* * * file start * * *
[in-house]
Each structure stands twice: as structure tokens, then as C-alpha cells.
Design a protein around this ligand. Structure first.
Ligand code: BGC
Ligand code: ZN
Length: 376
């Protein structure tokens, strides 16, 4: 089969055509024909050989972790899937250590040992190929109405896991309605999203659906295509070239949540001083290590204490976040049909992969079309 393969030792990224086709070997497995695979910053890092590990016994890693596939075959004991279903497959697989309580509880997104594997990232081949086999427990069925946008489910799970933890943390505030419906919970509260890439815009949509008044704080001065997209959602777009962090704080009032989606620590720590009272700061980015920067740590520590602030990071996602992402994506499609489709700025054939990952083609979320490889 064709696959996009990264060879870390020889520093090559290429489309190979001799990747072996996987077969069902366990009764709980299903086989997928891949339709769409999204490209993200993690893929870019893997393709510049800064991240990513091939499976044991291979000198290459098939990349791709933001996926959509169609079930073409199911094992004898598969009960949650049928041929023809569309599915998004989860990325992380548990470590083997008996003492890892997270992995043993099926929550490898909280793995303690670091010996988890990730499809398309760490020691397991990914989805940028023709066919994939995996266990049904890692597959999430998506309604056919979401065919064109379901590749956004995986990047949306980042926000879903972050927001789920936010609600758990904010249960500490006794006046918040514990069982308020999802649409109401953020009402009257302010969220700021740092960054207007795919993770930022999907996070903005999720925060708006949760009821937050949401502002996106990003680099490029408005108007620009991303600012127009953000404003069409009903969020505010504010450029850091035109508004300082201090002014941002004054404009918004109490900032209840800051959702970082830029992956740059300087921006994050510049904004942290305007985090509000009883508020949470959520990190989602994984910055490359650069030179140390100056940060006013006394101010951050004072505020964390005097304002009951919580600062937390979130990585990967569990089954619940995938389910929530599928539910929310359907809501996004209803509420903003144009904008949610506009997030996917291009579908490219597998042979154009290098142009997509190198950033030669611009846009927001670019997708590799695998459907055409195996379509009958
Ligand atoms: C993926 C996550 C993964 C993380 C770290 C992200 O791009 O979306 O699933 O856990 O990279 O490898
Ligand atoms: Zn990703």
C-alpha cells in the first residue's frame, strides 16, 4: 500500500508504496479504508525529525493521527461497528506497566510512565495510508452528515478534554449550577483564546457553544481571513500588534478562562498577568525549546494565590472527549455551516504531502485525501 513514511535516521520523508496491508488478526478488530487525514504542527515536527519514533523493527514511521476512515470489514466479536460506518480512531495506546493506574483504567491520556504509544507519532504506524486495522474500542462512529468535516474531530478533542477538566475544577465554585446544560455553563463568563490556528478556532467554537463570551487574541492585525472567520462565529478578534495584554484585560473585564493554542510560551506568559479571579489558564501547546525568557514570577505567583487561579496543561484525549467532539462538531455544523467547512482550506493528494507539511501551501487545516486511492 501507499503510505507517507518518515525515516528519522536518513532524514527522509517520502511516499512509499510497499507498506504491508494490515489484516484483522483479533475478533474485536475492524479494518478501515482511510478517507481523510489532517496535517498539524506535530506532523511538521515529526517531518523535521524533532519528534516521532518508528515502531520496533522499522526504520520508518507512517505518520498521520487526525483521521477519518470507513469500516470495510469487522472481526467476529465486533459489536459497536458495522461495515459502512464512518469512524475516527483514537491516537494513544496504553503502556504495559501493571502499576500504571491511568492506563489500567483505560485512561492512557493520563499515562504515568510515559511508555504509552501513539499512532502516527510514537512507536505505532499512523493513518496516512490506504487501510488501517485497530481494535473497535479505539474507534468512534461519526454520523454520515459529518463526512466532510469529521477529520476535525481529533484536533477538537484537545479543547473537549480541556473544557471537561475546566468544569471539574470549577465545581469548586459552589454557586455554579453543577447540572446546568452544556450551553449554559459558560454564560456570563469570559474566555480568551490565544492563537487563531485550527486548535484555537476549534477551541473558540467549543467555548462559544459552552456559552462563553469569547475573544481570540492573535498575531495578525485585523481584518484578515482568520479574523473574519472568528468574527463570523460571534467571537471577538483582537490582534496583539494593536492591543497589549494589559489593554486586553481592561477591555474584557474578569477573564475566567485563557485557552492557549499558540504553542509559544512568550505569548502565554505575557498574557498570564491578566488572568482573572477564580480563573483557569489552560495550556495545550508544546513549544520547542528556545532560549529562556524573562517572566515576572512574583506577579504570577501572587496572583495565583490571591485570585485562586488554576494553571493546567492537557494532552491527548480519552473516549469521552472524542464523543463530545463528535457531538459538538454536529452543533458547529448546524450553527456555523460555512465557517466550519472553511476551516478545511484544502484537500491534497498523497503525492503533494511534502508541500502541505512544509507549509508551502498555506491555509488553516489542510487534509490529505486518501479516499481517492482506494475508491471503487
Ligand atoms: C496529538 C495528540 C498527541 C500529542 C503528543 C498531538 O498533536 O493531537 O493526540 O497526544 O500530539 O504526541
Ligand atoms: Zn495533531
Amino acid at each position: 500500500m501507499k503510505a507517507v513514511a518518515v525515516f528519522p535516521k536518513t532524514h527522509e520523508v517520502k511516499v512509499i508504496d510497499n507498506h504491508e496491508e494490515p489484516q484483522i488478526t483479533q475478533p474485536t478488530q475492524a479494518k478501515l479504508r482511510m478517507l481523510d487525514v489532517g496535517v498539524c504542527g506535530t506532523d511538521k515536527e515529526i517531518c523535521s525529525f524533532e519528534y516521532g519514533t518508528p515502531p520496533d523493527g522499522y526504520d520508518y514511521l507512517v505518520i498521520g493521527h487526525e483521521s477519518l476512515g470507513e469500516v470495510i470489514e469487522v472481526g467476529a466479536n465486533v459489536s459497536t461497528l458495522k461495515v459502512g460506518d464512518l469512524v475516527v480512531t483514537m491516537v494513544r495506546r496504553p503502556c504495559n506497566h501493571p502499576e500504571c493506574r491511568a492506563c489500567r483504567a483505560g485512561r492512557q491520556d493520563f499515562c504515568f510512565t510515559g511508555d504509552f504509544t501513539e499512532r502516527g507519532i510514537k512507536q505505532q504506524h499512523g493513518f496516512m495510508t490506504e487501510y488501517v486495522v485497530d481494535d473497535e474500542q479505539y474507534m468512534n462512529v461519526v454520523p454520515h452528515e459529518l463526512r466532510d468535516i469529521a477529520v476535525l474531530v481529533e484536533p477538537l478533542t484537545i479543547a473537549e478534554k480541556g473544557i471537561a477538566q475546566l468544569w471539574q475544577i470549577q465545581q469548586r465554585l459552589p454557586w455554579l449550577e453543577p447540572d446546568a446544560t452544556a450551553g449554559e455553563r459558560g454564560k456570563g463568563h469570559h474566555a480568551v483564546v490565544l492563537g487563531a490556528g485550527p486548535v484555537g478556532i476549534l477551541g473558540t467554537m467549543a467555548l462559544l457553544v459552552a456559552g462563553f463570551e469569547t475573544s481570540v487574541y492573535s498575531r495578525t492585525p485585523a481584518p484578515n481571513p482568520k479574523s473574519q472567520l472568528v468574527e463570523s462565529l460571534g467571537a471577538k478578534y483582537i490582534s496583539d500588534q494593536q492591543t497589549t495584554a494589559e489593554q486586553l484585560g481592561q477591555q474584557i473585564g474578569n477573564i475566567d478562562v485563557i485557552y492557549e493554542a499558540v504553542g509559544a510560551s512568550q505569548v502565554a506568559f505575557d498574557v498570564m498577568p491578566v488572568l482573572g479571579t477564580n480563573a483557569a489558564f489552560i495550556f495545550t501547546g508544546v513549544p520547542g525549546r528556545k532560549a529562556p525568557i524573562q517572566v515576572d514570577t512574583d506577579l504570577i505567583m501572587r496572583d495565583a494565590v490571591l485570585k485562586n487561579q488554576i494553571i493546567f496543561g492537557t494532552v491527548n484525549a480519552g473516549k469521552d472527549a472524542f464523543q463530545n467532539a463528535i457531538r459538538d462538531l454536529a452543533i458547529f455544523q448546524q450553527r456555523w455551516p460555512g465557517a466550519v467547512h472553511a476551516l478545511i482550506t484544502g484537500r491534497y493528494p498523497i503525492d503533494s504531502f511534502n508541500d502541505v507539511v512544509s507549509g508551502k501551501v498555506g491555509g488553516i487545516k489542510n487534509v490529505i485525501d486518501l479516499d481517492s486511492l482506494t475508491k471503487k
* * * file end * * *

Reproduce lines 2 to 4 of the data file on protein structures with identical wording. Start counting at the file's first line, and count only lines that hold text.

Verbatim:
Each structure stands twice: as structure tokens, then as C-alpha cells.
Design a protein around this ligand. Structure first.
Ligand code: BGC